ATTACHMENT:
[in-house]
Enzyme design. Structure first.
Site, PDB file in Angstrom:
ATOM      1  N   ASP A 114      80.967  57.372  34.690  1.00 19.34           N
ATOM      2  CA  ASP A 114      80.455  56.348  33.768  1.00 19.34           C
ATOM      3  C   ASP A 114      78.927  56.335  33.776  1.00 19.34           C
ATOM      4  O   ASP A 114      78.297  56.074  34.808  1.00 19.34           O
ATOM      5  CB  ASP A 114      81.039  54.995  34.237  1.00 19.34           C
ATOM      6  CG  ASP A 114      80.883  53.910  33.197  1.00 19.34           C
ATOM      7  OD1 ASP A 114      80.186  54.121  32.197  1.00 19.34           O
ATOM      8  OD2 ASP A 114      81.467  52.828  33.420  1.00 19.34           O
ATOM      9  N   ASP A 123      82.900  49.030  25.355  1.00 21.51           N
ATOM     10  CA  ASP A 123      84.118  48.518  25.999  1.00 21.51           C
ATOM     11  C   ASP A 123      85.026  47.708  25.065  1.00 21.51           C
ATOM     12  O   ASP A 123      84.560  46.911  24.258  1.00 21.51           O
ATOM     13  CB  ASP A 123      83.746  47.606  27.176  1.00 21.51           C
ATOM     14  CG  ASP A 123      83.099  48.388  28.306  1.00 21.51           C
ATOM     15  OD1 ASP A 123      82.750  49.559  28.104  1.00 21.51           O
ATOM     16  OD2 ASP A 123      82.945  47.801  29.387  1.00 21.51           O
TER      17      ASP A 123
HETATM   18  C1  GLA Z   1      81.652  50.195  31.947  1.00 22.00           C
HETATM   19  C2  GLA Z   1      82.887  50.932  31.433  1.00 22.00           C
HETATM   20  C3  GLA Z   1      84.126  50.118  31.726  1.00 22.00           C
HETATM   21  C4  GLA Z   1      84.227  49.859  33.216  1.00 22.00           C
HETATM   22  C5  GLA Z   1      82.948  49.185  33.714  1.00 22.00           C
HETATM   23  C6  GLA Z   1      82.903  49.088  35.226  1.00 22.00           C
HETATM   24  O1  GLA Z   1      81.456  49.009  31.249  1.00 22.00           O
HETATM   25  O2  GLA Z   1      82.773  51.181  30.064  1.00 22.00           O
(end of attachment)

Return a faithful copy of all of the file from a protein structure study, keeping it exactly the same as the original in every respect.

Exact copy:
[in-house]
Enzyme design. Structure first.
Site, PDB file in Angstrom:
ATOM      1  N   ASP A 114      80.967  57.372  34.690  1.00 19.34           N
ATOM      2  CA  ASP A 114      80.455  56.348  33.768  1.00 19.34           C
ATOM      3  C   ASP A 114      78.927  56.335  33.776  1.00 19.34           C
ATOM      4  O   ASP A 114      78.297  56.074  34.808  1.00 19.34           O
ATOM      5  CB  ASP A 114      81.039  54.995  34.237  1.00 19.34           C
ATOM      6  CG  ASP A 114      80.883  53.910  33.197  1.00 19.34           C
ATOM      7  OD1 ASP A 114      80.186  54.121  32.197  1.00 19.34           O
ATOM      8  OD2 ASP A 114      81.467  52.828  33.420  1.00 19.34           O
ATOM      9  N   ASP A 123      82.900  49.030  25.355  1.00 21.51           N
ATOM     10  CA  ASP A 123      84.118  48.518  25.999  1.00 21.51           C
ATOM     11  C   ASP A 123      85.026  47.708  25.065  1.00 21.51           C
ATOM     12  O   ASP A 123      84.560  46.911  24.258  1.00 21.51           O
ATOM     13  CB  ASP A 123      83.746  47.606  27.176  1.00 21.51           C
ATOM     14  CG  ASP A 123      83.099  48.388  28.306  1.00 21.51           C
ATOM     15  OD1 ASP A 123      82.750  49.559  28.104  1.00 21.51           O
ATOM     16  OD2 ASP A 123      82.945  47.801  29.387  1.00 21.51           O
TER      17      ASP A 123
HETATM   18  C1  GLA Z   1      81.652  50.195  31.947  1.00 22.00           C
HETATM   19  C2  GLA Z   1      82.887  50.932  31.433  1.00 22.00           C
HETATM   20  C3  GLA Z   1      84.126  50.118  31.726  1.00 22.00           C
HETATM   21  C4  GLA Z   1      84.227  49.859  33.216  1.00 22.00           C
HETATM   22  C5  GLA Z   1      82.948  49.185  33.714  1.00 22.00           C
HETATM   23  C6  GLA Z   1      82.903  49.088  35.226  1.00 22.00           C
HETATM   24  O1  GLA Z   1      81.456  49.009  31.249  1.00 22.00           O
HETATM   25  O2  GLA Z   1      82.773  51.181  30.064  1.00 22.00           O